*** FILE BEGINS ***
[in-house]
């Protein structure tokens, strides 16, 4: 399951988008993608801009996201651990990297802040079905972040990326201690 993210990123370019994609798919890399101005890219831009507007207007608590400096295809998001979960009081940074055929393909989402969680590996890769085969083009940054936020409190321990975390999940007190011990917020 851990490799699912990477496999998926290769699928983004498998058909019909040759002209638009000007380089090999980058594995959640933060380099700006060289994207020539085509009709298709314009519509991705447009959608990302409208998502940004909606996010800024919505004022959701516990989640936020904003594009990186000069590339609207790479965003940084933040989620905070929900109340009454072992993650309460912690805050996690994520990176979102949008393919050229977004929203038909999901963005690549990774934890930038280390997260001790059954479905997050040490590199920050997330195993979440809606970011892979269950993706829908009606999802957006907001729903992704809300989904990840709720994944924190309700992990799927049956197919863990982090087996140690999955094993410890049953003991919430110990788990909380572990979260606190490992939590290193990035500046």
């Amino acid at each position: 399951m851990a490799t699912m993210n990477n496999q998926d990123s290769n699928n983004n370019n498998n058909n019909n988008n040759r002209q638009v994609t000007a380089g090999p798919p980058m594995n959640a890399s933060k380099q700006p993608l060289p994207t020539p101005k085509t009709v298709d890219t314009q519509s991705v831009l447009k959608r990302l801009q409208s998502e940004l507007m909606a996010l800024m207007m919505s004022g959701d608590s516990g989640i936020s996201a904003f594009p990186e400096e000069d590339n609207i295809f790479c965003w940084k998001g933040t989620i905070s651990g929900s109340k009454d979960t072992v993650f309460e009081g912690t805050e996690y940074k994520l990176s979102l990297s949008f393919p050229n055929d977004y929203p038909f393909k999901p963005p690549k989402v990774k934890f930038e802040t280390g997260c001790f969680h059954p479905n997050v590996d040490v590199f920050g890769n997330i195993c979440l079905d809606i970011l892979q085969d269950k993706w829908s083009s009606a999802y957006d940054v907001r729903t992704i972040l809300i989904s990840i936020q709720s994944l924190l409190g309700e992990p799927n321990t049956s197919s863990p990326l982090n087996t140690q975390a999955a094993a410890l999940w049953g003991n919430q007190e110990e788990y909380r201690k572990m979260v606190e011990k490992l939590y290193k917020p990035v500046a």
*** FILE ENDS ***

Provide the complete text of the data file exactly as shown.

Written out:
[in-house]
């Protein structure tokens, strides 16, 4: 399951988008993608801009996201651990990297802040079905972040990326201690 993210990123370019994609798919890399101005890219831009507007207007608590400096295809998001979960009081940074055929393909989402969680590996890769085969083009940054936020409190321990975390999940007190011990917020 851990490799699912990477496999998926290769699928983004498998058909019909040759002209638009000007380089090999980058594995959640933060380099700006060289994207020539085509009709298709314009519509991705447009959608990302409208998502940004909606996010800024919505004022959701516990989640936020904003594009990186000069590339609207790479965003940084933040989620905070929900109340009454072992993650309460912690805050996690994520990176979102949008393919050229977004929203038909999901963005690549990774934890930038280390997260001790059954479905997050040490590199920050997330195993979440809606970011892979269950993706829908009606999802957006907001729903992704809300989904990840709720994944924190309700992990799927049956197919863990982090087996140690999955094993410890049953003991919430110990788990909380572990979260606190490992939590290193990035500046």
């Amino acid at each position: 399951m851990a490799t699912m993210n990477n496999q998926d990123s290769n699928n983004n370019n498998n058909n019909n988008n040759r002209q638009v994609t000007a380089g090999p798919p980058m594995n959640a890399s933060k380099q700006p993608l060289p994207t020539p101005k085509t009709v298709d890219t314009q519509s991705v831009l447009k959608r990302l801009q409208s998502e940004l507007m909606a996010l800024m207007m919505s004022g959701d608590s516990g989640i936020s996201a904003f594009p990186e400096e000069d590339n609207i295809f790479c965003w940084k998001g933040t989620i905070s651990g929900s109340k009454d979960t072992v993650f309460e009081g912690t805050e996690y940074k994520l990176s979102l990297s949008f393919p050229n055929d977004y929203p038909f393909k999901p963005p690549k989402v990774k934890f930038e802040t280390g997260c001790f969680h059954p479905n997050v590996d040490v590199f920050g890769n997330i195993c979440l079905d809606i970011l892979q085969d269950k993706w829908s083009s009606a999802y957006d940054v907001r729903t992704i972040l809300i989904s990840i936020q709720s994944l924190l409190g309700e992990p799927n321990t049956s197919s863990p990326l982090n087996t140690q975390a999955a094993a410890l999940w049953g003991n919430q007190e110990e788990y909380r201690k572990m979260v606190e011990k490992l939590y290193k917020p990035v500046a």